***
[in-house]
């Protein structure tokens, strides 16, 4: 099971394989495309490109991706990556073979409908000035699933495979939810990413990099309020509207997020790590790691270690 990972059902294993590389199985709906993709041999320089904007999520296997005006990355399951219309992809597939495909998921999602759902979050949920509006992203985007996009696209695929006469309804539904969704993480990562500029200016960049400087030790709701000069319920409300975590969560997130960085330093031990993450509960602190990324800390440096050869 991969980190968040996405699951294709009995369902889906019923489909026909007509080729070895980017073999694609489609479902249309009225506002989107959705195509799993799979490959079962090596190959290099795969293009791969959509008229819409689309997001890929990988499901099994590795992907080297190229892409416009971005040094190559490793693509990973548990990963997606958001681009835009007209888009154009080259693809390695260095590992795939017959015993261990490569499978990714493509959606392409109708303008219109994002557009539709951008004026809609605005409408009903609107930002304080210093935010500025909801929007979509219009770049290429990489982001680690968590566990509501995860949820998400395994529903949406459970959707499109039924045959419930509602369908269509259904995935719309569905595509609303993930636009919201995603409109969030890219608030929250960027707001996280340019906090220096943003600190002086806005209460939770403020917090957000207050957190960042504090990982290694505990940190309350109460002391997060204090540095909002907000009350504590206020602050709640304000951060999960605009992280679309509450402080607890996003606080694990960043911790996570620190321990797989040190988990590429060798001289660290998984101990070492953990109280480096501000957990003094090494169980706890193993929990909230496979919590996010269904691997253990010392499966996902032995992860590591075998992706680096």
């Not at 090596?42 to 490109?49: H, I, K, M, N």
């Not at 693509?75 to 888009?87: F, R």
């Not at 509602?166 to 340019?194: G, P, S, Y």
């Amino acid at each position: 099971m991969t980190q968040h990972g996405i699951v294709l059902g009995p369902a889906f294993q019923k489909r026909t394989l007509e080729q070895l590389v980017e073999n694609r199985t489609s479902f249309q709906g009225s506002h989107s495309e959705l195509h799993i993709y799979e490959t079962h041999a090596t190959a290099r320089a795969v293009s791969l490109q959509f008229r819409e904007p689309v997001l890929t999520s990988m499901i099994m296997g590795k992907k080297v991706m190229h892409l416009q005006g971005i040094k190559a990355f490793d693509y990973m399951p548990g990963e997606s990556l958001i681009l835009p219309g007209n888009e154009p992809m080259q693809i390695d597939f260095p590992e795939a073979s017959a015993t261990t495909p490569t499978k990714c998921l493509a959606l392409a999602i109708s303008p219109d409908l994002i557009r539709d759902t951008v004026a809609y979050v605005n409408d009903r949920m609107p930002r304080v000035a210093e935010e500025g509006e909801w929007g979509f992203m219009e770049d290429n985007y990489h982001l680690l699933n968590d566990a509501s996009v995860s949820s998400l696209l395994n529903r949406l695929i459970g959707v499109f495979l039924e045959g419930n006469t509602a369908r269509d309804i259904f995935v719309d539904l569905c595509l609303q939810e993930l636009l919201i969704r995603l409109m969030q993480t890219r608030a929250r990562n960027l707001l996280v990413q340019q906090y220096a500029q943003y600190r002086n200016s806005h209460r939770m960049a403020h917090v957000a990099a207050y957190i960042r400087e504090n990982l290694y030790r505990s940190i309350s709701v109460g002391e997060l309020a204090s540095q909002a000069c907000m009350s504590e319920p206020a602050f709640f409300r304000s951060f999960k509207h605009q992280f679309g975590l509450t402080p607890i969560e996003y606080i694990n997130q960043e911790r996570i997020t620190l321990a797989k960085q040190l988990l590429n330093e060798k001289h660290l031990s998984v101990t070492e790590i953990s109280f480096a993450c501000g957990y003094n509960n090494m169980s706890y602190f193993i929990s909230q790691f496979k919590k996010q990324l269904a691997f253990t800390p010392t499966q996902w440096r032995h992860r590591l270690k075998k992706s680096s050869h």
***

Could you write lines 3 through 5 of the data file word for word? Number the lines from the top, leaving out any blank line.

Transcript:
């Not at 090596?42 to 490109?49: H, I, K, M, N």
């Not at 693509?75 to 888009?87: F, R």
């Not at 509602?166 to 340019?194: G, P, S, Y």